African Americans once passed as whites to escape the pains of racism. Today's neo-passing has pushed the old idea of passing in extraordinary new directions. A white author uses an Asian pen name; heterosexuals live "out" as gay; and, irony of ironies, whites try to pass as black. Mollie Godfrey and Vershawn Ashanti Young present essays that explore practices, performances, and texts of neo-passing in our supposedly postracial moment. The authors move from the postracial imagery of Angry Black White Boy and the issues of sexual orientation and race in ZZ Packer's short fiction to the politics of Dave Chappelle's skits as a black President George W. Bush. Together, the works reveal that the questions raised by neo-passing-questions about performing and contesting identity in relation to social norms-remain as relevant today as in the past. Contributors: Derek Adams, Christopher M. Brown, Martha J. Cutter, Marcia Alesan Dawkins, Michele Elam, Alisha Gaines, Jennifer Glaser, Allyson Hobbs, Brandon J. Manning, Loran Marsan, Lara Narcisi, Eden Osucha, Gayle Wald, and Deborah Elizabeth Whaley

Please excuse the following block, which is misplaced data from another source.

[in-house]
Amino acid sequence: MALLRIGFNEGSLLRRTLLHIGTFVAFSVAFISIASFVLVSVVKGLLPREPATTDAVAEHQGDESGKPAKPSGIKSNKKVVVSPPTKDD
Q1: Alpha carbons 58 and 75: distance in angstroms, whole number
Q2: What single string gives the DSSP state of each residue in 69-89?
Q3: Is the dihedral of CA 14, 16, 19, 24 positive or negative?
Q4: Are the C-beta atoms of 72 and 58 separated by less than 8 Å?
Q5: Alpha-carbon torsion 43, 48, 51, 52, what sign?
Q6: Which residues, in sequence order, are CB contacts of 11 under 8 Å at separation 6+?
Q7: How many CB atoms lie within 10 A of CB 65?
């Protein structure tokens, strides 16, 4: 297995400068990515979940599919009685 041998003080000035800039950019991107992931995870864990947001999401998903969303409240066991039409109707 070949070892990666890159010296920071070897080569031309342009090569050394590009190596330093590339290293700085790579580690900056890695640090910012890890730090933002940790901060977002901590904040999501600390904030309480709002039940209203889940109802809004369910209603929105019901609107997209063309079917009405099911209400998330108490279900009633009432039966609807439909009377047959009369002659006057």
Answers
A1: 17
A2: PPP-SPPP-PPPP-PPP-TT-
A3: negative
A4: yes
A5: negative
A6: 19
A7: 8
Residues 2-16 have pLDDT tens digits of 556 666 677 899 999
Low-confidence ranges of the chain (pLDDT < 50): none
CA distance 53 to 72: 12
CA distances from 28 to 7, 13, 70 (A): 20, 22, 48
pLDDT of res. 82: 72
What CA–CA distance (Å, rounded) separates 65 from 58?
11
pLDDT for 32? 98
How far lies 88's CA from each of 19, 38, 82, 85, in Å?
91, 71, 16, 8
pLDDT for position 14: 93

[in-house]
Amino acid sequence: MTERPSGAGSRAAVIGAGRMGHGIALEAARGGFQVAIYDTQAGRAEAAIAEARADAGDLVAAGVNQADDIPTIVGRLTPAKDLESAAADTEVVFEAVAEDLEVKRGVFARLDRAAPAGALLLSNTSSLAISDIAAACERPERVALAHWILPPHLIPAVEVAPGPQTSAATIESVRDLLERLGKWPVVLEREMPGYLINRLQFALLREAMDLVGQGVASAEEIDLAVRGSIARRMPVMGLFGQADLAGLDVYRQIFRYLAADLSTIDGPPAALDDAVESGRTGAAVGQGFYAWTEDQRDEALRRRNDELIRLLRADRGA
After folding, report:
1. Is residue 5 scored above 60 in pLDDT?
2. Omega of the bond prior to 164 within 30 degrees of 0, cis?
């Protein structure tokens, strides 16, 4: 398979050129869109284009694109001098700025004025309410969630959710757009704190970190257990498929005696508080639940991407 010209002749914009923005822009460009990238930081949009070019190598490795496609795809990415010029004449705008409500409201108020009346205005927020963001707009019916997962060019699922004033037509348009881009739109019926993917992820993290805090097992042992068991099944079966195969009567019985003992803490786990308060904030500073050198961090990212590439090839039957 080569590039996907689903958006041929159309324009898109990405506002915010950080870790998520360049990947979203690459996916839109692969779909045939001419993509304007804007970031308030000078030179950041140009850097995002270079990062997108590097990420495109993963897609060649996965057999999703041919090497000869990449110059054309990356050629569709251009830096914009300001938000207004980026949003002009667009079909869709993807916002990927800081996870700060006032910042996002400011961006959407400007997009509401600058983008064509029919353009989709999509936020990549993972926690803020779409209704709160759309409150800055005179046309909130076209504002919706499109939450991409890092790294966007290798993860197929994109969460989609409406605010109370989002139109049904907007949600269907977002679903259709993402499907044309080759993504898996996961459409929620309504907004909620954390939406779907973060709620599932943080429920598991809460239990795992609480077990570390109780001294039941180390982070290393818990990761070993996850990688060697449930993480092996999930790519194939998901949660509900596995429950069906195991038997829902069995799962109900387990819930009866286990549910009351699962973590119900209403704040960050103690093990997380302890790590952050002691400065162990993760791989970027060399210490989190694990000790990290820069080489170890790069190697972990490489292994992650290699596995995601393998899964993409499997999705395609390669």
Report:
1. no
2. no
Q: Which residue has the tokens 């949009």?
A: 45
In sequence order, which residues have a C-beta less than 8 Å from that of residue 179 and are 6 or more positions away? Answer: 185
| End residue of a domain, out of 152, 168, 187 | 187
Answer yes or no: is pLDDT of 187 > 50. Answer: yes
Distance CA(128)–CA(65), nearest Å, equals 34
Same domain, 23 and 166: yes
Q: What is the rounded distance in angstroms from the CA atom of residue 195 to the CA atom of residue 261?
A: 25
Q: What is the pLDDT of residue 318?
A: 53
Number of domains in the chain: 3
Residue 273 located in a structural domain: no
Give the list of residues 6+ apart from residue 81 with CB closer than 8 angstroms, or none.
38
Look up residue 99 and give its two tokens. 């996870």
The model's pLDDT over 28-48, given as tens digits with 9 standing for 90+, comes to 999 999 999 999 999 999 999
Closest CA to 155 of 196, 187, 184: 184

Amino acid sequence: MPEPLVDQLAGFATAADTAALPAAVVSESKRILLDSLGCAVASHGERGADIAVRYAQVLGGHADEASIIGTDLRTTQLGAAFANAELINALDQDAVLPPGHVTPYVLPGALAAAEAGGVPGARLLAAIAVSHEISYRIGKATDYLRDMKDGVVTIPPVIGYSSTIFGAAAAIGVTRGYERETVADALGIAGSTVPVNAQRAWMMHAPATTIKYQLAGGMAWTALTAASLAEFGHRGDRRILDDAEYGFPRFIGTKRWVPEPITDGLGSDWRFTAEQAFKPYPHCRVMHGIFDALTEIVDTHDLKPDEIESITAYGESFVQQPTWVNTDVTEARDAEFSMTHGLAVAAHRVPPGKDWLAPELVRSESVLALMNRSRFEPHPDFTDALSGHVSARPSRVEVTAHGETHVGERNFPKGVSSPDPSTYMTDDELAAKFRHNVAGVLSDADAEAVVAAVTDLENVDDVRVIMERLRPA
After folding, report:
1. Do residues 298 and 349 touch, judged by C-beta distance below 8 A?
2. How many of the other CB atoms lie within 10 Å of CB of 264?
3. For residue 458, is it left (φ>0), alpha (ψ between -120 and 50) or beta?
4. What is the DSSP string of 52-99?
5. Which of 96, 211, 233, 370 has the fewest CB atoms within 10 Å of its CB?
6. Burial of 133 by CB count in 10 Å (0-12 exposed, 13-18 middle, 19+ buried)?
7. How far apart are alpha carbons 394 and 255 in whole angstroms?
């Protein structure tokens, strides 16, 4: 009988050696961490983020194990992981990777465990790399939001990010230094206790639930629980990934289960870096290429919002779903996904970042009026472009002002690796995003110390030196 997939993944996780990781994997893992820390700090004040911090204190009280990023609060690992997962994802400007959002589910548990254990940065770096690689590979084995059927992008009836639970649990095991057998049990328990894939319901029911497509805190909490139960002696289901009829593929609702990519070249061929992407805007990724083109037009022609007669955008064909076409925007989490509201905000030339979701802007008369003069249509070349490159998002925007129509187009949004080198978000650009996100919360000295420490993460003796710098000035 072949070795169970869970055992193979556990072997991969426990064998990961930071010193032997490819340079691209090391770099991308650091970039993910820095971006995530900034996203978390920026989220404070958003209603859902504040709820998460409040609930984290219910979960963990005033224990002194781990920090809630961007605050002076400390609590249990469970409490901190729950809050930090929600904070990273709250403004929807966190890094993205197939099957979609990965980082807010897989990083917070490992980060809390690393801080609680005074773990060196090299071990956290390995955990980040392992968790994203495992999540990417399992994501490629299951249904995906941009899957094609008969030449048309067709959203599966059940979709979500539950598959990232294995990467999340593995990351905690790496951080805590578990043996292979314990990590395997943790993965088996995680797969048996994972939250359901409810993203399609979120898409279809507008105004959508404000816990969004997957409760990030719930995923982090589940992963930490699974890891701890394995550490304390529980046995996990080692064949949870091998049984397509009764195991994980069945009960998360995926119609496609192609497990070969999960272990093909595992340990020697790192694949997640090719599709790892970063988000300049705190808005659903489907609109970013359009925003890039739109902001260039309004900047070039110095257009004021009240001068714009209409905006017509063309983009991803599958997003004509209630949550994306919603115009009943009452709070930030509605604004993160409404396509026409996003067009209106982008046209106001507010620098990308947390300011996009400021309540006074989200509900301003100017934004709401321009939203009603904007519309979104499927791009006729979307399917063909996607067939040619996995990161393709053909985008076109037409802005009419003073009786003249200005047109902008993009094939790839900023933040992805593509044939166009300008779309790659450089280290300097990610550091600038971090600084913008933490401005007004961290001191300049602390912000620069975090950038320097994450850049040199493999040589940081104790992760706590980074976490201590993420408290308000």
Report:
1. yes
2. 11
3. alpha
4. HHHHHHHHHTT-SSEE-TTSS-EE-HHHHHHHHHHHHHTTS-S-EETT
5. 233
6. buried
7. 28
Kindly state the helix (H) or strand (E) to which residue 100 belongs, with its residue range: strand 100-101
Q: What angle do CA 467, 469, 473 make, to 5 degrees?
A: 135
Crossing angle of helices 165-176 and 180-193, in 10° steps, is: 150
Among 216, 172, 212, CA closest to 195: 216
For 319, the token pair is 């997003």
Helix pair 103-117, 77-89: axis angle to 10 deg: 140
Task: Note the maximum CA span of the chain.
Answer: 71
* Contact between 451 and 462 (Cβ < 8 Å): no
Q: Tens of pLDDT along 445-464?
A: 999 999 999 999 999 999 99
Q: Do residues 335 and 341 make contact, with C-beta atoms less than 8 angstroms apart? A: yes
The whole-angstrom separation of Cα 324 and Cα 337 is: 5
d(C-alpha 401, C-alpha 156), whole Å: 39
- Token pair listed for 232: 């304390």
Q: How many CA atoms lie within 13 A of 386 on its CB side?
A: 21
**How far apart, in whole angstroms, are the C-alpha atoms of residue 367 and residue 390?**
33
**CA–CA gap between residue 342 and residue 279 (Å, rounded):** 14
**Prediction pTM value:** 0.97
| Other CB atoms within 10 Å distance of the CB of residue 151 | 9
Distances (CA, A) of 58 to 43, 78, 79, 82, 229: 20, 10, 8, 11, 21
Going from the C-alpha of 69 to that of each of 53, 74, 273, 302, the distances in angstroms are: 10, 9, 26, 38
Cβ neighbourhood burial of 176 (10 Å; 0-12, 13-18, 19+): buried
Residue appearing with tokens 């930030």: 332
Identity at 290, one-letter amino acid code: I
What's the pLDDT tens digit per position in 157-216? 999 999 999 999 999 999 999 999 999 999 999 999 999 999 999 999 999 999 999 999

Publisher: University of Illinois Press
Number of pages: 296
Dimensions: 229 x 152 mm
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